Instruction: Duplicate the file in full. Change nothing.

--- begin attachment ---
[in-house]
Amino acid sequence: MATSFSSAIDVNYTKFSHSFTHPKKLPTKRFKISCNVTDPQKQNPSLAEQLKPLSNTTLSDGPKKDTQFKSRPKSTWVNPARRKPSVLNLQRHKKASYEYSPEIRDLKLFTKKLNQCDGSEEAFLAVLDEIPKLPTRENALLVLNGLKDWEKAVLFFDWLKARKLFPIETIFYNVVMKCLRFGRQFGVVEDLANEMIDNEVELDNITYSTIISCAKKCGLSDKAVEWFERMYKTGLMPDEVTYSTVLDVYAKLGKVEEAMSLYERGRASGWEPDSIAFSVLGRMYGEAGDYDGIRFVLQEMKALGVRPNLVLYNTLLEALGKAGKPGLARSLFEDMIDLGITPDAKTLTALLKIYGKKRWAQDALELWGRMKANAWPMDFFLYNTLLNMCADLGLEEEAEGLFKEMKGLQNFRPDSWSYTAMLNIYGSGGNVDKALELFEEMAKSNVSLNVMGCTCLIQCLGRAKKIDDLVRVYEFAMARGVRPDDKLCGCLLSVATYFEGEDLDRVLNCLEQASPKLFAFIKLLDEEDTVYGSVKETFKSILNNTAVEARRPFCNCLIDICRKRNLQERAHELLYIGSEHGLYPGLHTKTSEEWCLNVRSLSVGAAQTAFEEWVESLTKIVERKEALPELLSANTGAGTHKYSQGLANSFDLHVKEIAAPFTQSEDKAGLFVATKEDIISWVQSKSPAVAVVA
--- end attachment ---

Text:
[in-house]
Amino acid sequence: MATSFSSAIDVNYTKFSHSFTHPKKLPTKRFKISCNVTDPQKQNPSLAEQLKPLSNTTLSDGPKKDTQFKSRPKSTWVNPARRKPSVLNLQRHKKASYEYSPEIRDLKLFTKKLNQCDGSEEAFLAVLDEIPKLPTRENALLVLNGLKDWEKAVLFFDWLKARKLFPIETIFYNVVMKCLRFGRQFGVVEDLANEMIDNEVELDNITYSTIISCAKKCGLSDKAVEWFERMYKTGLMPDEVTYSTVLDVYAKLGKVEEAMSLYERGRASGWEPDSIAFSVLGRMYGEAGDYDGIRFVLQEMKALGVRPNLVLYNTLLEALGKAGKPGLARSLFEDMIDLGITPDAKTLTALLKIYGKKRWAQDALELWGRMKANAWPMDFFLYNTLLNMCADLGLEEEAEGLFKEMKGLQNFRPDSWSYTAMLNIYGSGGNVDKALELFEEMAKSNVSLNVMGCTCLIQCLGRAKKIDDLVRVYEFAMARGVRPDDKLCGCLLSVATYFEGEDLDRVLNCLEQASPKLFAFIKLLDEEDTVYGSVKETFKSILNNTAVEARRPFCNCLIDICRKRNLQERAHELLYIGSEHGLYPGLHTKTSEEWCLNVRSLSVGAAQTAFEEWVESLTKIVERKEALPELLSANTGAGTHKYSQGLANSFDLHVKEIAAPFTQSEDKAGLFVATKEDIISWVQSKSPAVAVVA